Taylor Swift is releasing Lover, her seventh album and first with Republic Records, on August 23rd. In contrast with her dark, secretive Reputation era, Swift is offering up more and more hints about what the LP will entail.
The build-up to the release of Lover has been chock-full of “easter eggs,” as Swift and her fans have referred to them: The video for lead single “ME!” alone features several references to Swift’s next release, “You Need to Calm Down.” And in the “You Need to Calm Down” video itself, the number “5” bullseye points to the release of Lover track “The Archer,” which Swift released nine days later.
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Swift has not revealed everything about the 18-track album, of course, but the bread crumbs paint a pastel-hued picture, much like her recent videos and the LP’s cover. Here’s what we know about Lover so far.
The title track is a big, woozy Antonoff number
The track “Lover” was co-produced with Jack Antonoff, a frequent collaborator with Swift since 1989. Vogue calls it “a romantic, haunting, waltzy, singer-songwritery nugget: classic Swift.” We even have a tidbit of the lyrics: “My heart’s been borrowed and yours has been blue/All’s well that ends well to end up with you.”
“This has one of my favorite bridges,” Swift told Vogue. “I love a bridge, and I was really able to go to Bridge City.”
Swift plays around with gender roles in “The Man”
The second track that Swift shared with Vogue during her interview for her September cover story is “a thought experiment”: What would public perception of her be like if she were a man?
“If I had made all the same choices, all the same mistakes, all the same accomplishments, how would it read?” is how Swift describes the song’s premise. (Side note: has Swift heard Neko Case’s “Man”?)
The track, which is described as a “synth-pop earworm,” gives a pretty undiluted answer to the question: “I’d be a fearless leader. I’d be an alpha type. When everyone believes ya: What’s that like?”
Possible Lover collaborations include the Dixie Chicks
No collaborations have been confirmed by Swift, aside from Brendon Urie’s appearance on the previously released single “ME!”. Rumors have circulated, however, that the Dixie Chicks will make an appearance, especially since the country trio appeared in a portrait in the background of the “ME!” video, as well as on a jacket pin featured on Swift’s recent Entertainment Weekly cover. Plus, the Chicks have been working in the studio with Antonoff on their own upcoming album, so it’s almost certain that they would have crossed paths with Swift during her Lover sessions.
Also featured on that Entertainment Weekly cover? A Drake pin, as well as ones for Troye Sivan, Faith Hill and Selena Gomez. But those could just be Swift showing her appreciation.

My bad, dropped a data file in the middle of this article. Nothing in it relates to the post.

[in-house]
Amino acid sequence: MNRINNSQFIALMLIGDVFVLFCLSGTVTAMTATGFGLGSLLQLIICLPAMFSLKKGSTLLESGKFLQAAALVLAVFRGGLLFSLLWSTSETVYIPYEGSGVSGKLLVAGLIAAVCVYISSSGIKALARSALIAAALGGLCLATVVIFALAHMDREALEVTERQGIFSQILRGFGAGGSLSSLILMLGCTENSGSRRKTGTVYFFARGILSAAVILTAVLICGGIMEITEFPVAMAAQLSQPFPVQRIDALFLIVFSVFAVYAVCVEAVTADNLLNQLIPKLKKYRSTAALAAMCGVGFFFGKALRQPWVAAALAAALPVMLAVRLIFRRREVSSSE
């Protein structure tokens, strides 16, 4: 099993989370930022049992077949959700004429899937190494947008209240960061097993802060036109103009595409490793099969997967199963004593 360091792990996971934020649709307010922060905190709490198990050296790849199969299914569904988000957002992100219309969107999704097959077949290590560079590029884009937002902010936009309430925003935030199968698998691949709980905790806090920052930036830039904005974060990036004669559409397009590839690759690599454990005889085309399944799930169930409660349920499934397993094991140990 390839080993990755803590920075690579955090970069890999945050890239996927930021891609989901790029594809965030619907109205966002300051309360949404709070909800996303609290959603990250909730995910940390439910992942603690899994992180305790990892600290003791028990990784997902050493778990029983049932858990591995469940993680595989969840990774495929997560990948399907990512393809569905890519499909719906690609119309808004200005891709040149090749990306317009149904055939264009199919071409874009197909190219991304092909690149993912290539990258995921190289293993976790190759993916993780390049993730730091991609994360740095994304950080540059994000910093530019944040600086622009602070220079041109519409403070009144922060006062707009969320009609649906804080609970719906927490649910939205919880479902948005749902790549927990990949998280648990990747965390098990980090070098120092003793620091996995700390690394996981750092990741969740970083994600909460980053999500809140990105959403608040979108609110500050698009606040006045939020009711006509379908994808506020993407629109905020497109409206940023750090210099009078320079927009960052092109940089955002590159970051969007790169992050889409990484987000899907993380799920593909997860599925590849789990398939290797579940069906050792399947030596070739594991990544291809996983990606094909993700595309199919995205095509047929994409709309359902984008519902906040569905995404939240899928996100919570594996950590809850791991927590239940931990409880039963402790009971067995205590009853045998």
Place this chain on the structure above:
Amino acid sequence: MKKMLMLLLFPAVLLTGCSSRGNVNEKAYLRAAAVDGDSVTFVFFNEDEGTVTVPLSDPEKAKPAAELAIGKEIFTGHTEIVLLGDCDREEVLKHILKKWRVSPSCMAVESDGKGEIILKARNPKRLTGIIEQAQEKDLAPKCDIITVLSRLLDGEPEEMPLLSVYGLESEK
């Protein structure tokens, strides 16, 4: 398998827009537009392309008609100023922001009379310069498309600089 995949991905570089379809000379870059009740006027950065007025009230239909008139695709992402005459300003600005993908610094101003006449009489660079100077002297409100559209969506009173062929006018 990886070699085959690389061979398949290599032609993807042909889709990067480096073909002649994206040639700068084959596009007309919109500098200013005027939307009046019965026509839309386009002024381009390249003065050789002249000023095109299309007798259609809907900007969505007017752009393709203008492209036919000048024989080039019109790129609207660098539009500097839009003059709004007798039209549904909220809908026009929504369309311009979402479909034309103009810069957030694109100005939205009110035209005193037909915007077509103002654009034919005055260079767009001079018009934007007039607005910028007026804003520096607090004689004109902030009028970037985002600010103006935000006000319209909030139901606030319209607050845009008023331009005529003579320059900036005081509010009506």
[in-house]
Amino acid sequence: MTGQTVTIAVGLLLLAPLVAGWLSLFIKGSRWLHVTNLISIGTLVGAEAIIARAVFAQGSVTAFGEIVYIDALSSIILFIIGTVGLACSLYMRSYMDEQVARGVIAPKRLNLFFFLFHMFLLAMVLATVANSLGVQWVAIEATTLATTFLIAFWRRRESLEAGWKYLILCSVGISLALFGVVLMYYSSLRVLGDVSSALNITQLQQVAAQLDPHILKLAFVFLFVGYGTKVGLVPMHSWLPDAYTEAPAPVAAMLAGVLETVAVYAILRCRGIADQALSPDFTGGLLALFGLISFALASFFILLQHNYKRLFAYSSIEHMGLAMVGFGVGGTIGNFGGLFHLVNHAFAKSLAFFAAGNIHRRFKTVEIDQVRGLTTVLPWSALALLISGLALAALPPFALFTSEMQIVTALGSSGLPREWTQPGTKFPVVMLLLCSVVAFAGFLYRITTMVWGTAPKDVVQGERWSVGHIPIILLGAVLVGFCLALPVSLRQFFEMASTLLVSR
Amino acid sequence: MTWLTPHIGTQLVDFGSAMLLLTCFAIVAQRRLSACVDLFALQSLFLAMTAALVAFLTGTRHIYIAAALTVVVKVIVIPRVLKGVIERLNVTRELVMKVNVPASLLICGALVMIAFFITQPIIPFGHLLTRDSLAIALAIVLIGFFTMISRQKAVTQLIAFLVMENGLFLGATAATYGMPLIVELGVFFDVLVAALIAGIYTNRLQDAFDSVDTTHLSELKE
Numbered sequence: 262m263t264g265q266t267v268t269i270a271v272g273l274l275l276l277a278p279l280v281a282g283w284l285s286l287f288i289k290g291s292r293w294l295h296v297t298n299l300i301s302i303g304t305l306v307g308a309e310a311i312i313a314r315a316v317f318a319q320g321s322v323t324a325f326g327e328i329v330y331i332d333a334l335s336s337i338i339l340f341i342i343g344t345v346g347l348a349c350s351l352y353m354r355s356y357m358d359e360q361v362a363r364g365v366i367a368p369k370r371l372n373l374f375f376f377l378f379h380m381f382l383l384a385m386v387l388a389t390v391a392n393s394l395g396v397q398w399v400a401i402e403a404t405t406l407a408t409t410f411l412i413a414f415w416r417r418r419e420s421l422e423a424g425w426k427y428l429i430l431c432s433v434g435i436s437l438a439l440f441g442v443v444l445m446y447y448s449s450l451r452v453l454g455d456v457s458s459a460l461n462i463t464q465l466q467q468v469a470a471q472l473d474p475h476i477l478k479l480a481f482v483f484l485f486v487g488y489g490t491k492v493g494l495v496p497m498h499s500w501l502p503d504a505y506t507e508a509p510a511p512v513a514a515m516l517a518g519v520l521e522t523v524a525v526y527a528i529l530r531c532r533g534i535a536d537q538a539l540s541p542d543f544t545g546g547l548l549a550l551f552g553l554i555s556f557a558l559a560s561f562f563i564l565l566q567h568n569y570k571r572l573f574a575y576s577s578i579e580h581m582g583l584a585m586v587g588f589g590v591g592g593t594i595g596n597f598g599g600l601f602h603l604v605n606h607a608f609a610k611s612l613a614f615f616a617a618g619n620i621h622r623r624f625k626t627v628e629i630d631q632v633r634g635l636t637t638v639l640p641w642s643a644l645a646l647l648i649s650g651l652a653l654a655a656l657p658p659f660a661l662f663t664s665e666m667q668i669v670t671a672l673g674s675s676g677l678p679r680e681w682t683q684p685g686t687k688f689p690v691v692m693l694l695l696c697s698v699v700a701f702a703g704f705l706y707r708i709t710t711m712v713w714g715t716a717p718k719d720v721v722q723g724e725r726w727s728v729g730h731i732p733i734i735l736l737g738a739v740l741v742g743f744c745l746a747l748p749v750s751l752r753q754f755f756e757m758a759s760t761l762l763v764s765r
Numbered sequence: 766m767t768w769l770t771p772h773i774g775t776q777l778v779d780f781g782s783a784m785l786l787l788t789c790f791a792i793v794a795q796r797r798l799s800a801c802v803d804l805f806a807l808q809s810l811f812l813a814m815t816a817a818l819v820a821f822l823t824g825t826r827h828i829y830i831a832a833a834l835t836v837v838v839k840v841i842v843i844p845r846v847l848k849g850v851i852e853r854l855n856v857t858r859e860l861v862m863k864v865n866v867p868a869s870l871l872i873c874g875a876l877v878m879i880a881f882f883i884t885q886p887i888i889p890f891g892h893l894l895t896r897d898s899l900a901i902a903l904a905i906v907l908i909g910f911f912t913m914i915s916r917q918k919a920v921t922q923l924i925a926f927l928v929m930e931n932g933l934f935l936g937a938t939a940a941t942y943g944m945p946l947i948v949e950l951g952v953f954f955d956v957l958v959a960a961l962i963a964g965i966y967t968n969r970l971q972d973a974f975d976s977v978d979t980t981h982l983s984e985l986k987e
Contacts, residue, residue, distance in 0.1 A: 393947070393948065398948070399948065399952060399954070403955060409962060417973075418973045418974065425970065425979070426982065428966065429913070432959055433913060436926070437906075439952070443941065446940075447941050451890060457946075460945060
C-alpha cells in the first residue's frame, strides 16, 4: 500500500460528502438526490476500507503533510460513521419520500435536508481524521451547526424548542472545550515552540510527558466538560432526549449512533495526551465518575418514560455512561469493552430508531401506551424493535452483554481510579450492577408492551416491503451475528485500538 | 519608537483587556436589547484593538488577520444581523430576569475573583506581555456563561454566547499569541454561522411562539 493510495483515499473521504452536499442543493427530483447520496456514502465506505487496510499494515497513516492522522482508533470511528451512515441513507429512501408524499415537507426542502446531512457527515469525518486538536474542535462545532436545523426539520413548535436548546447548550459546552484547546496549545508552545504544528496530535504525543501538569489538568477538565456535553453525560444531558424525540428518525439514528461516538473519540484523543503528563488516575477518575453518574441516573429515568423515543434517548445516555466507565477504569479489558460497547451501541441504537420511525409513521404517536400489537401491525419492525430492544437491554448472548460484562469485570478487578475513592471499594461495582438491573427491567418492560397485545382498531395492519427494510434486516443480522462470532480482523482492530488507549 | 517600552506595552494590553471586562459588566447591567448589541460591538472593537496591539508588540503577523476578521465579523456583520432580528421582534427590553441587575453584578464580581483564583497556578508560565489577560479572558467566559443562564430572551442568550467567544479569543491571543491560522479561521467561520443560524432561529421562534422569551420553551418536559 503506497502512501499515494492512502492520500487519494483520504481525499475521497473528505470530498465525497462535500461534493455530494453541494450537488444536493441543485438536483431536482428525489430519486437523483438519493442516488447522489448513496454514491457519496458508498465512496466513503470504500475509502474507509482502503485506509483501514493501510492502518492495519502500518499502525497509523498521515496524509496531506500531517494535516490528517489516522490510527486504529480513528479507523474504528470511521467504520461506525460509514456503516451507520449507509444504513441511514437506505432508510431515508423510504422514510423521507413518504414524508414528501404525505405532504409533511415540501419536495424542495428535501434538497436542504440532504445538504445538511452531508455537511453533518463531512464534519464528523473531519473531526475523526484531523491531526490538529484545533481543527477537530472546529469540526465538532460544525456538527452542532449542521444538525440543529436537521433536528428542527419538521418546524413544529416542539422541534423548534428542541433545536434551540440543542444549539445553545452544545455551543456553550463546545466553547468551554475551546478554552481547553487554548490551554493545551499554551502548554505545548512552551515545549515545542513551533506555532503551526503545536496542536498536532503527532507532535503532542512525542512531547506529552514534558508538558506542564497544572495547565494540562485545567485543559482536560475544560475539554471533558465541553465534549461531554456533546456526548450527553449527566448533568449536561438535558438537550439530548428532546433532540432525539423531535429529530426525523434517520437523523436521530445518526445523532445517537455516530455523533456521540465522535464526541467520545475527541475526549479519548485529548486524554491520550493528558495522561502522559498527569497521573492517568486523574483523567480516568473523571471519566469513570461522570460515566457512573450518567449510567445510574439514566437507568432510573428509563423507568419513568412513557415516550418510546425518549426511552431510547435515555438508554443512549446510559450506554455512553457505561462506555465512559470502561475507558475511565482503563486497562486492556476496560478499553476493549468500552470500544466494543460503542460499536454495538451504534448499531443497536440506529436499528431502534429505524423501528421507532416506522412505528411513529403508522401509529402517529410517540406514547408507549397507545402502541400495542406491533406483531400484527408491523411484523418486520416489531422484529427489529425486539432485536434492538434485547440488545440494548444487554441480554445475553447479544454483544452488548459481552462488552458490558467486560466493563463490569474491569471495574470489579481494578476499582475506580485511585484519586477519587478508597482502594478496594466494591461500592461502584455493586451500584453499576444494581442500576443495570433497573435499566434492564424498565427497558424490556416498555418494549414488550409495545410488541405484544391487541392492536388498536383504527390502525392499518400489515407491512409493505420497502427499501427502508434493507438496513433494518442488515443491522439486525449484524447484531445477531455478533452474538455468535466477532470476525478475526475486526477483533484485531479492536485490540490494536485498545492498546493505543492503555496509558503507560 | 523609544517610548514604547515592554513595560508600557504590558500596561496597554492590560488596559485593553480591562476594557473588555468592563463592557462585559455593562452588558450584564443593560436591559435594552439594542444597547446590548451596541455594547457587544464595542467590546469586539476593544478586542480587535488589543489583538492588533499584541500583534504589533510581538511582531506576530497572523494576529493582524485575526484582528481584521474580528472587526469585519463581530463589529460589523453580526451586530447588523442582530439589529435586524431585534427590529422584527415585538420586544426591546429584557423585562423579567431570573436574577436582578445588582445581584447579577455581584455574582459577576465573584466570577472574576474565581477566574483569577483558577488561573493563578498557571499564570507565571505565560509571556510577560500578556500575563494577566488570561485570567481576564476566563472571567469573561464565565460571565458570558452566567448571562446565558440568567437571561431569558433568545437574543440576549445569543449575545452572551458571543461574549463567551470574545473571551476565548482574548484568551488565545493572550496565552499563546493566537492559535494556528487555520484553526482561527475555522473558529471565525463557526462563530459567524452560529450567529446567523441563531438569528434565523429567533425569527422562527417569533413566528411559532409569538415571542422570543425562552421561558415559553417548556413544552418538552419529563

Swift considers Lover “her favorite album yet,” and also her happiest
“There are so many ways in which this album feels like a new beginning,” Swift told Vogue. “This album is really a love letter to love, in all of its maddening, passionate, exciting, enchanting, horrific, tragic, wonderful glory.”
Swift goes on to explain the rollout for her previous album, 2017’s Reputation, as a “grieving process,” referencing the “great cancellation” she experienced when Kim Kardashian called her a “snake” on Twitter and launched a months-long troll campaign in Swift’s direction. Lover marks her finally being “at peace” with herself.
“It’s so strange trying to be self-aware when you’ve been cast as this always smiling, always happy ‘America’s sweetheart’ thing, and then having that taken away and realizing that it’s actually a great thing that it was taken away, because that’s extremely limiting,” said Swift. “We’re not going to go straight to gratitude with it. Ever. But we’re going to find positive aspects to it. We’re never going to write a thank-you note.”
The Reputation-Lover dichotomy may have been inspired by Loie Fuller
Swift dedicated her song “Dress” to Fuller, the openly gay Parisian who pioneered both modern dance and theatrical lighting, every night on her Reputation tour. Swift’s Vogue interview points out the parallels between the two. Fuller “fought for artists to own their work,” something that Swift has also used her platform to fiercely campaign for. Fuller was also fond of illusions, using “swirling fabric and colored lights” to play games with her audience. And Fuller had two particularly famous dance pieces that should prick the ears of any Swift fan: “Serpentine Dance” and “Butterfly Dance.” After all the snake imagery during the Reputation era, it’s only appropriate that Swift fill the Lover rollout with butterflies.
Swift is hosting “secret session” listening parties for her fans around the world
As she had done for 1989 and Reputation, Swift has invited super fans into her homes around the world to have the official first listen of her new album in full right alongside Swift herself. So far, sessions have taken place in London, Nashville and Los Angeles. Obviously, since the purpose of the sessions are for them to be “secret,” loyal Swifties have kept mum on further information about the album besides how much they enjoy what they heard (as well as their personal photo ops with the singer).
— Taylor Swift Updates (@SimplySFans) August 5, 2019
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